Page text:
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skylab. in other words, an era of chaos and a belief that the president had too little control over larger forces in the universe. this explains the appeal of ronald reagan, whose cinematic percent suggested that he would of lassoed the satellite and hurled it back into space." guest: it emphasizes how chance plays a role. no one would claim that three mile island was jimmy carter's fault, but the president is not -- the presidency is not fair. you are responsible for what happens on your watch. the clock is ticking on obama. he avoided katrina-scale blame so far. if we are in august or september, the and this oil well is not kept in these pictures are not changed, the blame will go to obama, fair or not tfair. host: it is not really one
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crisis, as much as a succession of crises. this may be the real danger for the administration -- is a theme that the media love to see -- the white house not able to manage events. obama is trying to portray an image of competence. but then it in the media, the switch around and say, he is not showing enough strain and emotion. it is a very moving target. host: talking about what the criteria is for judging a good president. guest: that is a very large question. crises are only part of the presidency. how much crisis management plays a role in your presidency is a matter of chance. but i would say, in this
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specific moment of crisis, the way we judge the president is, do they make decisions well? do they have a timetable for decisions? because you can make the right decision to all late. i think it was eisenhower who said, we should not make a decision before you have a 40% of the information necessary, but you should not wait until you have more than 60%. if you wait longer than that, the moment has passed into missed the opportunity. host: our guest is dr. germai jeremy mayor, with george mason university. you can call our democrats line, 202-737-0002, republicans line, 202-737-0001, and independence line, 202-628-0205. caller: i have several comments.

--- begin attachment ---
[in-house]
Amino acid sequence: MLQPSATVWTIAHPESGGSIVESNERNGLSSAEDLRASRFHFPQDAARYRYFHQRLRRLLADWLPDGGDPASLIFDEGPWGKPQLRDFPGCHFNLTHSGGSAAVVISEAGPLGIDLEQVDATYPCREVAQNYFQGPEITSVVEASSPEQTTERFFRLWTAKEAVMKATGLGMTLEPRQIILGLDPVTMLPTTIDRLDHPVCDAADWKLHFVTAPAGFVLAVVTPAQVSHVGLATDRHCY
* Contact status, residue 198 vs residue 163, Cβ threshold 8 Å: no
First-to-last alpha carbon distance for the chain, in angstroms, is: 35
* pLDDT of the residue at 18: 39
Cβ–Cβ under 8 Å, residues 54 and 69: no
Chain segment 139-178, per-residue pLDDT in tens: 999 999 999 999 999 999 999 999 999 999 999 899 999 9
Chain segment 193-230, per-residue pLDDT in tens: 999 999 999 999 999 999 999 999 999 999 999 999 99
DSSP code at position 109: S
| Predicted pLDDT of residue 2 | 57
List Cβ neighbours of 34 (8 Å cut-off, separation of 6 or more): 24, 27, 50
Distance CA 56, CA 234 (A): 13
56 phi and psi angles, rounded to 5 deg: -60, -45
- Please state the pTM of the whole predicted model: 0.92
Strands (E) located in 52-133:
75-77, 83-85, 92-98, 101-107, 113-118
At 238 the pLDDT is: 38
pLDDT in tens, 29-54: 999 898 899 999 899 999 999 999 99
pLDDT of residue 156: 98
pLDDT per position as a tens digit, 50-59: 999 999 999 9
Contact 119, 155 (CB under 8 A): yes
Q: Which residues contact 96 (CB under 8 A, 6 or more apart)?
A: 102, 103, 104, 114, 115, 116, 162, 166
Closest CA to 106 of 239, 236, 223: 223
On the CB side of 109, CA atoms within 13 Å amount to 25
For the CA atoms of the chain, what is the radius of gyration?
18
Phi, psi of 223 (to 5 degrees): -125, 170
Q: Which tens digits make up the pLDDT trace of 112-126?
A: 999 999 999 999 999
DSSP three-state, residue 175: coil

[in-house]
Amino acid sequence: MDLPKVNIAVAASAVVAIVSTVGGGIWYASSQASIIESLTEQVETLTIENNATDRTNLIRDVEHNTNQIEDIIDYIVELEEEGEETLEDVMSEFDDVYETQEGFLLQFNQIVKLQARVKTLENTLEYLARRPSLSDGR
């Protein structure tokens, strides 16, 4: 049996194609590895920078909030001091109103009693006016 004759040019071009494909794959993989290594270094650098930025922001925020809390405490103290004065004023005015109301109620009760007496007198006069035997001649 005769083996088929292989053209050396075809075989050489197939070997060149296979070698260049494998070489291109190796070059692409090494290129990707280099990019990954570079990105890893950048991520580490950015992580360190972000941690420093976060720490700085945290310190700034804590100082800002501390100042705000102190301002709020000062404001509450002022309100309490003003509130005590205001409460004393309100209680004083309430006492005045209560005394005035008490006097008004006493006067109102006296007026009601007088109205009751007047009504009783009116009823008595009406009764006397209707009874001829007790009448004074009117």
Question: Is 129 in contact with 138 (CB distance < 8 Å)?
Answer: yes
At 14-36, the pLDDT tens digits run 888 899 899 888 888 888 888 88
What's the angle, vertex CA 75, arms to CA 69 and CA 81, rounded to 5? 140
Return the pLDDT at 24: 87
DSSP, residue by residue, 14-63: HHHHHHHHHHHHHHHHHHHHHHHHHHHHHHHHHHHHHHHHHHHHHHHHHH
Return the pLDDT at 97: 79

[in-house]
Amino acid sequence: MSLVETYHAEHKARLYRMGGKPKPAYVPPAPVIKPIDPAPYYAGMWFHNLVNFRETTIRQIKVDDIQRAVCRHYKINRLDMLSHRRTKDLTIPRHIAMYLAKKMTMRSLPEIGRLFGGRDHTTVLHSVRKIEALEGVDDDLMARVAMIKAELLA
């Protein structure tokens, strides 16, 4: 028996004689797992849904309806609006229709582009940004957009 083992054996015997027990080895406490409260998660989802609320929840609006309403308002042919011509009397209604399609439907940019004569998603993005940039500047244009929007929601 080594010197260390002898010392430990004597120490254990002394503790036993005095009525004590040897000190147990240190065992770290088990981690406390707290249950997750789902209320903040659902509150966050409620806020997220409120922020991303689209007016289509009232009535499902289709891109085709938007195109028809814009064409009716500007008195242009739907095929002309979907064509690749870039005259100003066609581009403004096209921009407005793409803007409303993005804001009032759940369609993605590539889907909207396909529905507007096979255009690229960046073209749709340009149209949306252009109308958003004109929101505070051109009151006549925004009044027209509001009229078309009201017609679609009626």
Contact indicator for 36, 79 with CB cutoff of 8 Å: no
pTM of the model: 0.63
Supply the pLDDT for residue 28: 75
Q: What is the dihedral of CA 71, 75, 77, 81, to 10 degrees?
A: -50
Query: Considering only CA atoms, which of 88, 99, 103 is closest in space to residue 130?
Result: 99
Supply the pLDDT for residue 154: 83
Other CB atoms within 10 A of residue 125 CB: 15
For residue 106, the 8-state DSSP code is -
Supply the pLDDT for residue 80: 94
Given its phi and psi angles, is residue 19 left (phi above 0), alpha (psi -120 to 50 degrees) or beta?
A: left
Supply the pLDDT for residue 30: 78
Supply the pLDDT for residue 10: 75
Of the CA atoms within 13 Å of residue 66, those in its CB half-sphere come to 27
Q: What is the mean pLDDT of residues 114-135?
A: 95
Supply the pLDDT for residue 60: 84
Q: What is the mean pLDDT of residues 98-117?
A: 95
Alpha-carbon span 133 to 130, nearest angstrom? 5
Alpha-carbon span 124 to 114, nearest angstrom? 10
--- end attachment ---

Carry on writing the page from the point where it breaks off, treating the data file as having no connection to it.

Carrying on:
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the first comment is that i think it is unreeled to compare hurricane katrina to this oil spill -- it is unreal. bush -- he got involved. you have a democratic governor there. he waited too late. the media was in there showing these dreadful pictures of people dying. the american people could not understand, if the media can get in there, why can the government? with this oil spill, everybody knows the federal government does not do any drilling. they are not involved in doing any kind of drilling. so, there is nothing the government can do itself. hope that the peak can get fixed and go in there and do the cleanup. -- hope that bp can get it fixed. guest: right now we are dependent on bp. the federal government does not have resources that would be applicable to this issue. that is a key distinction.
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but i key similarity between this situation is the federal government did play our role in both disasters long before they happen. there were reports about the levees around new orleans long before katrina. if they ever got hit by the category four, there would be epoch destruction. we did nothing. that is the blame on every presidential administration prior to that. in the case of bp, there was a federal government involvement in giving licensing and authorizing this drilling to take place. there was blame to go around long before anything. host: you mentioned optics. there was a news conference that the president did recently about bp. it has been what they call the optics. suggested thatg they want to see a more